Old China Town KL The Malaya Study Group Selangor SG 87

The Malaya Study Group exists for collectors of the stamps, postal stationery and postal history of the states of Peninsular Malaysia which until 1963 formed the Federation of Malaya, including the Straits Settlements of Malacca, Penang and Singapore, the Federated Malay States, Negri Sembilan and Sungei Ujong, Pahang, Perak and Selangor and the Unfederated States, Johor, Kedah, Kelantan, Perlis and Trengganu. Many MSG members also collect & study all of modern Malaysia, Singapore, and the island of Borneo, comprising additionally  Sabah, Sarawak, Borneo, Labuan, and the states of Brunei & the peninsular state of Singapore. Study of the whole area so often adds to understanding and appreciation of the philately of Malaya. The Society has a JOURNAL, "The Malayan Philatelist" and a NEWSLETTER supplied free to members, EXCHANGE PACKETS, AUCTIONS and has produced a number of significant PUBLICATIONS on the stamps and postal history of the area.


The MSG Spink London Meeting on January 19th 2013

Members displays, Airmails

Pictures by Nick Hackney

This excellent set of displays was a triumph despite the dreadful weather. I had to leave after the first two rounds, and am grateful to Susan McEwen for the pictures of the displays I had to miss. Nick Hackney

Part of the audience

& Report by Dominic Morris

Despite the snowy weather and transport difficulties, the meeting was reasonably well-attended, by 18 Members and one Guest. There was a wealth of material shown: indeed a surfeit, such that one or two Members who arrived a bit late did not get the chance to show what they had brought. (Apologies from Hon Sec but, by general agreement, we all wanted to return to our respective snow-drifts as soon as we decently could).
Round One was a display by Jon Higgins of Sarawak and North Borneo via Singapore and Alor Star from 1929-WWII. As Jon rightly pointed out, the Sarawak KLMs he showed were as scarce as Kedah airmails; the North Borneo were as scarce as Perlis airmail. There were some superb and very scarce covers shown ranging from the London-Australia 1934 experimental flight via Kuching; letters from the Rajah; strange destinations including British Guiana and a lovely souvenir sheet of the Sunderland from Stampex 1937.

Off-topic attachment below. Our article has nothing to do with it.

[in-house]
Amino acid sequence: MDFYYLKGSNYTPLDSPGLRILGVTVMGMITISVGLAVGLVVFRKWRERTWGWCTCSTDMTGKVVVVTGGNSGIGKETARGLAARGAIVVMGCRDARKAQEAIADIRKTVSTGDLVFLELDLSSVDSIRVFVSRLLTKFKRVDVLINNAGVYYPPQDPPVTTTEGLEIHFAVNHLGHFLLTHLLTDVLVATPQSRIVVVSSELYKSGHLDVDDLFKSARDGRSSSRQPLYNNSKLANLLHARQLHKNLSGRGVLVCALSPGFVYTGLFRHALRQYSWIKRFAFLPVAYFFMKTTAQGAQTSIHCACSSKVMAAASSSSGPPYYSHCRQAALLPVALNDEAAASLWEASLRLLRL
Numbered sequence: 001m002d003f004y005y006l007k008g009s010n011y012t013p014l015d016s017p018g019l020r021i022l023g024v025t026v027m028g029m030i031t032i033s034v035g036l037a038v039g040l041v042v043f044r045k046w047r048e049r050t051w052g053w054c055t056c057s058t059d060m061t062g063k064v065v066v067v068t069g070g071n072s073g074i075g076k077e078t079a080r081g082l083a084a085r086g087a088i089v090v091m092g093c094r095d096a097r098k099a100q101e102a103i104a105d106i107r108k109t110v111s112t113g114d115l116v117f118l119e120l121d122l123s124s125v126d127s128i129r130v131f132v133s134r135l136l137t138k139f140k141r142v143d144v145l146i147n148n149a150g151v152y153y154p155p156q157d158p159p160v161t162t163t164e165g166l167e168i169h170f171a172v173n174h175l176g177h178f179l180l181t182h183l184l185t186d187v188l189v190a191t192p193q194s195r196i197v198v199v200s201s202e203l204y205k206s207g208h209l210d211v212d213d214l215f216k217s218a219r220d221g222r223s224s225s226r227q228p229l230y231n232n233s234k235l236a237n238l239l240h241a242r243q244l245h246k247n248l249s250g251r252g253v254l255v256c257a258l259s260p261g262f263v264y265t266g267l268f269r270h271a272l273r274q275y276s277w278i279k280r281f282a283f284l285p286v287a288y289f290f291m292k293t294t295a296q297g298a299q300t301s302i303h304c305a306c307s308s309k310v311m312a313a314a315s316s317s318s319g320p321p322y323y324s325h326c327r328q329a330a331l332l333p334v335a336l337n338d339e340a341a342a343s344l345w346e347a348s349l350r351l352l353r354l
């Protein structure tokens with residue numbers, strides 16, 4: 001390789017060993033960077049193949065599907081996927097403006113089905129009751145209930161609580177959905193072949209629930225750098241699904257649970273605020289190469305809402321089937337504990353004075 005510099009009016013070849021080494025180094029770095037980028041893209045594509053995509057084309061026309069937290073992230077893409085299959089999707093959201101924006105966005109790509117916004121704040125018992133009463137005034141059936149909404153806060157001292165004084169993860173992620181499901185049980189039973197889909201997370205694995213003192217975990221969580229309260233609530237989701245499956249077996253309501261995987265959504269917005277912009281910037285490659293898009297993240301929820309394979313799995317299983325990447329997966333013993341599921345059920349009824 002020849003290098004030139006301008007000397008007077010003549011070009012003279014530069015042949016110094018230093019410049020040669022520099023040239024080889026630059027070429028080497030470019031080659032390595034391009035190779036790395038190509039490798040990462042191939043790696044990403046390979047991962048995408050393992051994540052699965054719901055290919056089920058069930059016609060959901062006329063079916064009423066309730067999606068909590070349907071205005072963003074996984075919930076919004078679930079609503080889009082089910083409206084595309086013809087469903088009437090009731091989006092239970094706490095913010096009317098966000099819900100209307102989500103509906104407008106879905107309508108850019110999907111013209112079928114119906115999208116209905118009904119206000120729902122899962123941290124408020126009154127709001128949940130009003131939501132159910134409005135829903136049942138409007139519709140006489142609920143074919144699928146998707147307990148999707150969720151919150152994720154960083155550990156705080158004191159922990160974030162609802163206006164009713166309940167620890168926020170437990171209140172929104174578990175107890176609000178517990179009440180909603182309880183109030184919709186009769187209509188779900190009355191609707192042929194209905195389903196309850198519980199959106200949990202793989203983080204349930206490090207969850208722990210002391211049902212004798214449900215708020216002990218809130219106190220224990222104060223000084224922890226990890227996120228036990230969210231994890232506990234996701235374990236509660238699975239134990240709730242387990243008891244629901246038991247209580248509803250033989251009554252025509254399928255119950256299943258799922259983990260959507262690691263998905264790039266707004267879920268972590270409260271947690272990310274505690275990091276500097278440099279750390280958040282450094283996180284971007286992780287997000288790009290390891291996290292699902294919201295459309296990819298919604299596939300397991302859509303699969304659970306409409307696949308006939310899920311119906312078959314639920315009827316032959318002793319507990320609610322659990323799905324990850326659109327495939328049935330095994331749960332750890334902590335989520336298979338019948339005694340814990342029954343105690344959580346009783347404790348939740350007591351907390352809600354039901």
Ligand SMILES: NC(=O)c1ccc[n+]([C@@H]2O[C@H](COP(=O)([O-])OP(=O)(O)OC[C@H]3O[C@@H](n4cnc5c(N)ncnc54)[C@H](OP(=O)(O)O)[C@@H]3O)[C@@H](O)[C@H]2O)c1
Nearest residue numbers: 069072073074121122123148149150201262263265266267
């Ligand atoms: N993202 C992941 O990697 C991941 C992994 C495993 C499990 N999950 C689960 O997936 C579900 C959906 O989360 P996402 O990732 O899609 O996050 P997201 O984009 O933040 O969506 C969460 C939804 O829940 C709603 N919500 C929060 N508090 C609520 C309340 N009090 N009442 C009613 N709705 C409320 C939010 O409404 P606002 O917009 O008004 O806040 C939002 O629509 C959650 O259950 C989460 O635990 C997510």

Round Two started with 5 frames of Susan McEwen’s Johore airmails, including changing rates, some scarcer postmarks and two of the 5c green pre-paid letter envelopes up-rated to airmail rate: a splendid demonstration of the ‘purple haze’ on airmails. Carl Stott showed Clippers, WWII transits to NZ and Baghdad and the earliest known cancellation of Panchor, Johore. Peter Cockburn displayed Straits Clippers at the $1.80, $1.90 (from Raffles Hotel), and $2.00 rate with unusual cachet, the 29/11/41 last Clipper out cover and post-War BMA, including the briefly-used (Oct-Dec 1945) 8c rate.

 

 

 

 

 

 

 

 

 

 

 

 

 

 

Two of the presenters

 

Carl Stott

 

Peter Cockburn

 

Round Three was led by David Tett, who showed extracts from his collection of censored Military and Civilian Mail and ‘Service Suspended’ covers, including a 5/- UK GVI Clipper cover returned: how expensive was that for nothing in those days? Members’ discussions around the ‘why?’ showed that much mail dated October 1941 had gone by ship to South Africa before being put on air-mail, which got as far as India or Ceylon before being returned following the fall of Singapore. Dominic Morris displayed Perak, Sultan Iskandar airmails, including a number of combination covers; Selangor Mosque covers and a range of the ex-Malcolm Wade transit covers from China, NZ, Panama, Colombia, Iraq and Indo-China, including the first air-mail letter out of Indo-China following the 1940 Franco-German Armistice. Mike Waugh showed a broad range of pre- and during- WWII material including KLM , Singapore-Vienna, Thai material (to Victoria and to NY), Clippers via the different routes and some more modern early Malaya Airways covers.
Round Four was started by Bill Pain who showed a wide assortment, from early KLM/ Imperial Airways, an unusual Clipper to Canada, a WWII DEI letter to Germany with OKW censor mark (a tricky relationship that one at that time!) and an Alor Star- Tasmania registered cover at 63c (the correct rate: go figure!). Len Stanway completed the displays with an excellent half-round of more modern material, including the start of the Commonwealth air service, Calcutta crash-mail and ditto from the Constellation ‘Belfast’ crash at Singapore; a Posted on Board cover from her sister-plane, the Braemar; a range of inaugural airline and Friendship flights including those from JAL, Lufthansa and Qantas. Len concluded with a range of Concorde covers, including the one BOAC/ Singapore Airways Concorde with the different airlines’ markings down each side – further complicated when Braniff Airlines took a stake. To satisfy all the regulatory authorities it then had to carry Braniff Numbers. If it had been a Boeing747, rather than the elegant Concorde, that plane would no doubt have been christened the Mumbo Jumbo!

As I had to leave after 2 rounds, I am grateful to Susan McEwen for the remaining pictures - Nick Hackney

 

Andrew Norris, or the abominable Snowman

 

Susan McEwen

 

 

 

 

 

 

 

That's All Folks

 

 

 

 

 

 

 

 

 

 

 

 

 

 

 
The Malaya Study Group website was originally created by the late John Morgan, to whom we are indebted for his pioneering dedication to the Group.
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